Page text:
It’s Mother’s Day, and everything in me is swirling this year, as our oldest gets ready to graduate high school this week.
I find myself waking up in the night. Have I helped to secure in her the compass she will need to navigate this world? Have I helped her learn to silence the noise so that she can use her head and listen to her heart? Have I taught her the lessons she needs to know? To be soft to all that is beautiful and yet tough enough to navigate things when it is not?
Mother’s Day brings out a lot every year: flash backs to pregnancies, baby years, toddlerhood, funny stories, sleepless night and the friends and families that have seen us through. This morning my husband asked me what my favorite motherhood memories are: really, just the times when all of us were together. That, and telling him we were pregnant with our first. He was shaving in our tiny bathroom in the rental we lived in. I still remember the “Whoop!” he let out.
This year, I’m really thankful for the friends and family that have seen us through. We tend to see a lot of perfection across social media feeds, as if motherhood is a perfectly straight line through the years, but life is actually full of curve balls, and some of the best advice I ever received was “Your happiness in life will depend on how you handle the curve balls.” Motherhood is full of them in the 21st century. The advice came from my boss when I worked on the fixed income desk back in the finance world. She was probably 50 at the time, also a mom, and man, she knew what she was talking about. I remember it so clearly.
What I’ve learned is that if you are going to successfully field those curve balls, you need a good team.
If one thing is certain, life throws us curve balls. We’ve been dealt ours, and I’ve watched parents navigate some of the hardest ones out there. Some have been dealt a condition or diagnosis like pediatric cancer, some have survived it and others have suffered the immeasurable grief of losing a child. I had a math teacher in high school who once said, “It goes against the laws of nature to lose a child. Parents are supposed to go first, it’s why it’s so impossible for us to accept.” That was another lesson that stuck with me, not just from this teacher, it was because she was also a mom.
And today, I felt really grateful. Because of all of the love and work that goes into it. We have a house full of four teenagers. This last year has been a ride. Some years have been really fun, some really difficult. Raising teens makes raising toddlers feel like a piece of cake. There is so much going on in their world today that is so different to what we experienced: escalating rates of teenage depression, anxiety, suicide, drug use, alcohol use, Juul-ing, social media, social media, social media. Their struggles in their world are very, very real and amplified across social media. I want home to be a safe place for them in the midst of all of that chaos and amplification. A place where they can come in, put down the mask they may or may not feel they have to wear in the world, put down the armor and the shield and rest.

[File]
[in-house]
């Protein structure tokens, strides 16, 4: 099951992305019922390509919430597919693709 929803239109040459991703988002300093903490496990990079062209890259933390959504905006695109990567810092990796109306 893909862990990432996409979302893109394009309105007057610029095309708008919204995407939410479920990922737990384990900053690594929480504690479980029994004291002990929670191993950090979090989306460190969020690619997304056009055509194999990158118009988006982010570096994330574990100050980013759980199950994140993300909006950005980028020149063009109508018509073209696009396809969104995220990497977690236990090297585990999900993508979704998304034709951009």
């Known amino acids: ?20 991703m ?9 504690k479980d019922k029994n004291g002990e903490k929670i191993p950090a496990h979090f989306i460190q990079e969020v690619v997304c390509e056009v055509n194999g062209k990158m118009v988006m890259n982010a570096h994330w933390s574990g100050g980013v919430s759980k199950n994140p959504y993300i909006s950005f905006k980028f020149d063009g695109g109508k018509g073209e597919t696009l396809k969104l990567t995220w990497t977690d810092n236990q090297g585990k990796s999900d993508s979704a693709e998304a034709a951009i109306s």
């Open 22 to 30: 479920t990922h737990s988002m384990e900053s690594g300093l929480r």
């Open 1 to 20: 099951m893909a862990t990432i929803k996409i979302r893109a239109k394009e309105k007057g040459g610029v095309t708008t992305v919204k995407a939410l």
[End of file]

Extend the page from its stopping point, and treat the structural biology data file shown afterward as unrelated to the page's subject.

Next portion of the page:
So today, to have them around was all I could ask for when we went out for lunch. The local brunch spot was packed, and they gave the moms a glass of champagne as we came in the door. As I sat there, listening to our teenagers swap stories from their weekends, a family sat at the table beside us.
And suddenly, all of the memories of the toddler years flooded back. But in a different way, as I watched the mom beside me. She had a three year old daughter in a sundress and little cowboy boots, and she had a baby boy on her lap. He wore glasses, and due to my friendship with an extraordinary mother of four who works on inclusion issues for children with Down’s Syndrome, I knew he had Down’s. He was beautiful and so full of love and such a handful as any 10 month old baby is going to be. Her patience was incredible, and her love so limitless for her little man. I wanted to tell her about my friend Beth whose son Patrick was heading off to college this year, but I didn’t want to interfere, so I kept to myself and simply watched her love him.
As that family turned to go, she looked under the table at the mess and bent to pick it up, with him on her hip. How many times did we do that? We’d actually just been reminiscing about it the night before. The endless trail of crumbs. And there she was, doing it on Mother’s Day.
As we headed home, we swung by the post office, so that I could run in and mail a few cards. At the dropbox was a couple, she held an enormous amount of envelopes in her hands, as he stood to take her picture. I walked past, then turned back.
“Are those wedding invitations?” I asked.
They both beamed and exclaimed, “Yes!” “They are!”
“Would you like me to take a picture of both of you mailing them?” It was a Sunday afternoon, the place was empty.
“We would love it,” they said.
As I handed their phone back to them, I asked if the pics were OK, “I could take another”, I said.
She looked at them and turned to him and said, ” You can see my ring!”
So I left.
If you pay attention, you will see that there is so much love in the world. It will help you find the courage you need to do the things you never thought you could.
Pay attention to the love, don’t miss it because you have your head in your phone, or are afraid to say yes to a meeting, or because you’re afraid it’s been too long since you’ve called. Don’t miss it.
And if you don’t see it, keep moving until you do. And if you still don’t see it, create it. It will attract more. You can amplify it.
Love is a rocket fuel, on Mother’s Day and always.